Parting from True Friends

Again I must leave these people and this family, and take a tour to Roscrea; and everything was done to make the journey comfortable. A car and driver were provided to take me twenty miles, which was the distance, free of expense. "You will come back to us," said the doctor and his wife, "and you shall always find a welcome home, and wish we could do better." "Why is it," I said, as I passed from the sound of these kind voices, "that such favors should be shown to me by these strangers who had never seen me, while many were looking on me with suspicion, and wondering what strange fancy should have brought me here?" They manifested no fear about my heretical Protestantism, though I talked freely, and read the Scriptures in their hearing many a time. They conducted me to the Protestant church, showing me the way, and then turned to go to their own. I felt that their liberality in opinion and conduct was quite a rebuke on many, who profess the guidance of the Scriptures and the teaching of the Holy Ghost.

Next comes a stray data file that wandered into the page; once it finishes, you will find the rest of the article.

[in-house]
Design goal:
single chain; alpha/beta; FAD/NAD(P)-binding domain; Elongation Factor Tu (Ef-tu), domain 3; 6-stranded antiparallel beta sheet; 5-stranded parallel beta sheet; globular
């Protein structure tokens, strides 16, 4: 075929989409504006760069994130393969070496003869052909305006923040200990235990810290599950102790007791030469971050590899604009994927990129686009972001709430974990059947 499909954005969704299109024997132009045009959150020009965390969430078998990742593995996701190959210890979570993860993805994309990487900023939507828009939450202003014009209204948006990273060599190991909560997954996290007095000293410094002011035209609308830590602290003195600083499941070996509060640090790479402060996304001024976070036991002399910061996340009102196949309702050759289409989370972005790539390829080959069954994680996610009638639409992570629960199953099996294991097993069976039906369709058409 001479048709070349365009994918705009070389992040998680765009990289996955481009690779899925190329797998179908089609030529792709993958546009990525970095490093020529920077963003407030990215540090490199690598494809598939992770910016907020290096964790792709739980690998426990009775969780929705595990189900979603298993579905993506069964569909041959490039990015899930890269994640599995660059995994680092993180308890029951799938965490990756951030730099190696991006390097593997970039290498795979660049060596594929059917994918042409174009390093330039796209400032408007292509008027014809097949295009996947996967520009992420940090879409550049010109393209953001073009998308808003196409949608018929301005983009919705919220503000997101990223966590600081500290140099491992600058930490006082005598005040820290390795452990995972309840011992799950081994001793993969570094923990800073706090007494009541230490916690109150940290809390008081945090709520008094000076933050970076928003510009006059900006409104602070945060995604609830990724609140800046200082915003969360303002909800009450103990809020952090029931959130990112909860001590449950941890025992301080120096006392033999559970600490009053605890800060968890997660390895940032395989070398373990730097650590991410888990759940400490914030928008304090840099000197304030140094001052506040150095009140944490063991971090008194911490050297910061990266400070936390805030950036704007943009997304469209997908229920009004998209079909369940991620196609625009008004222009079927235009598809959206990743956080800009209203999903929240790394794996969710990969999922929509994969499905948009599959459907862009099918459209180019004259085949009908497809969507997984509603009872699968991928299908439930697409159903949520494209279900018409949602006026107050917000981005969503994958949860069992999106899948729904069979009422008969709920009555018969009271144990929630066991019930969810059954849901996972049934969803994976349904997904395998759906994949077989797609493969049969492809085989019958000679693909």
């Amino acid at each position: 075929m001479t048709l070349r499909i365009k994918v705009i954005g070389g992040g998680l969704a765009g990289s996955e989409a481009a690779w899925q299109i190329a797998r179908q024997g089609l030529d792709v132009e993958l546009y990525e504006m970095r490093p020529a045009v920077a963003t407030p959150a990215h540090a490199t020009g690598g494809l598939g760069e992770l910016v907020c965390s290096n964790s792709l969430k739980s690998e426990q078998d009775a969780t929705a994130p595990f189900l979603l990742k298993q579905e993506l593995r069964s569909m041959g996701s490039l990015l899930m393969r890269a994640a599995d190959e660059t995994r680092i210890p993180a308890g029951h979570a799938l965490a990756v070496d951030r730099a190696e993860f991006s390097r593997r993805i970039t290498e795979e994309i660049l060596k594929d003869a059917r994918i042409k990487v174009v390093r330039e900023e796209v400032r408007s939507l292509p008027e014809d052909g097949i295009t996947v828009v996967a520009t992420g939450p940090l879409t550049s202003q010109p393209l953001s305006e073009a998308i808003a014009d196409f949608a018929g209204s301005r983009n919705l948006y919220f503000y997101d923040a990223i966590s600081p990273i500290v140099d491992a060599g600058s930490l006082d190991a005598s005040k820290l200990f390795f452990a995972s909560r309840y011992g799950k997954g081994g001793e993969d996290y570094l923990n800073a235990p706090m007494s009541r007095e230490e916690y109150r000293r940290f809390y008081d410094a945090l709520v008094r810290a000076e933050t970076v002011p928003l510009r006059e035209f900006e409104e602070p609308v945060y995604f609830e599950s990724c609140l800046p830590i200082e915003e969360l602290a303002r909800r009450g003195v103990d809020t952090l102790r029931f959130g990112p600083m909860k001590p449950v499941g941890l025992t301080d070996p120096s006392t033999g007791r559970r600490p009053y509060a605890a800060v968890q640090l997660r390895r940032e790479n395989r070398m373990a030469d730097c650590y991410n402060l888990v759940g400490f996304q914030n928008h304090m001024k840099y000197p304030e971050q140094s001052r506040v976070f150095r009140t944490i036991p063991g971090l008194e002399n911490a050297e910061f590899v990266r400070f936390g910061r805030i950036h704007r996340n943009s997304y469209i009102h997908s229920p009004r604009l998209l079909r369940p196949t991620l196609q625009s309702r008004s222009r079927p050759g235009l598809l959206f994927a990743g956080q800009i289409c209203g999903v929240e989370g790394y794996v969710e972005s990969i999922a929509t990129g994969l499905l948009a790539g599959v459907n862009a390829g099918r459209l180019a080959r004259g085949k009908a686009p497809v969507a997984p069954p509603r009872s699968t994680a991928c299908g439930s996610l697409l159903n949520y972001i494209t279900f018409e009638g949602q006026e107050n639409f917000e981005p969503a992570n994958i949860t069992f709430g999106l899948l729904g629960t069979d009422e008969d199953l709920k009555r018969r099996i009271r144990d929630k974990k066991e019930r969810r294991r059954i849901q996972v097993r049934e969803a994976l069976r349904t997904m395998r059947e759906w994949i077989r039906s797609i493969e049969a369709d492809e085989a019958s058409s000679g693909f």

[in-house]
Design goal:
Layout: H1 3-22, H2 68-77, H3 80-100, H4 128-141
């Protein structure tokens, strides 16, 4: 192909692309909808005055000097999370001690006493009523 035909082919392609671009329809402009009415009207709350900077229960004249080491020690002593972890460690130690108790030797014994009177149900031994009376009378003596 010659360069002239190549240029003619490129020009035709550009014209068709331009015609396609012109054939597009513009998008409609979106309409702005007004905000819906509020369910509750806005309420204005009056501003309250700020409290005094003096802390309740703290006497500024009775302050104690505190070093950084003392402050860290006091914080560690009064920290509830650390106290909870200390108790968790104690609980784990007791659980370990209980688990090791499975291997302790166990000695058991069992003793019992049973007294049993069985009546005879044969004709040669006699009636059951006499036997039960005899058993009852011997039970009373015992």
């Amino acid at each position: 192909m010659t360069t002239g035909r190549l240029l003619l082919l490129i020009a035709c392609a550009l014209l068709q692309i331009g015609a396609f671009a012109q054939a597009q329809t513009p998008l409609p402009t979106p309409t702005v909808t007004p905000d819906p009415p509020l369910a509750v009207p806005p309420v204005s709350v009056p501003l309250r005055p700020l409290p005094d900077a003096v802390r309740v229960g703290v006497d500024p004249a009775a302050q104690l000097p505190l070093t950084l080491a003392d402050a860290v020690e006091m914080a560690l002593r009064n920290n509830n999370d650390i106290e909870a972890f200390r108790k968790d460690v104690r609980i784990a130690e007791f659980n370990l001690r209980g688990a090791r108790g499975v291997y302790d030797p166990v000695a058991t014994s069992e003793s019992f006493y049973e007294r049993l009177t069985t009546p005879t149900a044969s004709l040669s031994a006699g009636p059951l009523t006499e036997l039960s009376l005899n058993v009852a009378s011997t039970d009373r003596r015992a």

Read "Ireland's Welcome to the Stranger" at your leisure

Ireland's Welcome to the Stranger

Read Ireland's Welcome to the Stranger at your leisure and help support this free Irish library.

This book cannot be recommended highly enough to those interested in Irish social history. The author, Mrs Asenath Nicholson, travelled from her native America to assess the condition of the poor in Ireland during the mid 1840s. Her journey took her through the counties of Dublin, Wicklow, Wexford, Tipperary, Cork, Galway, Mayo, Sligo, Cork, Kerry, as well as parts of King's County (now Offaly) and Queen's County (now Laois).

The text of this new edition has professionally been reset and an index added to the paperback.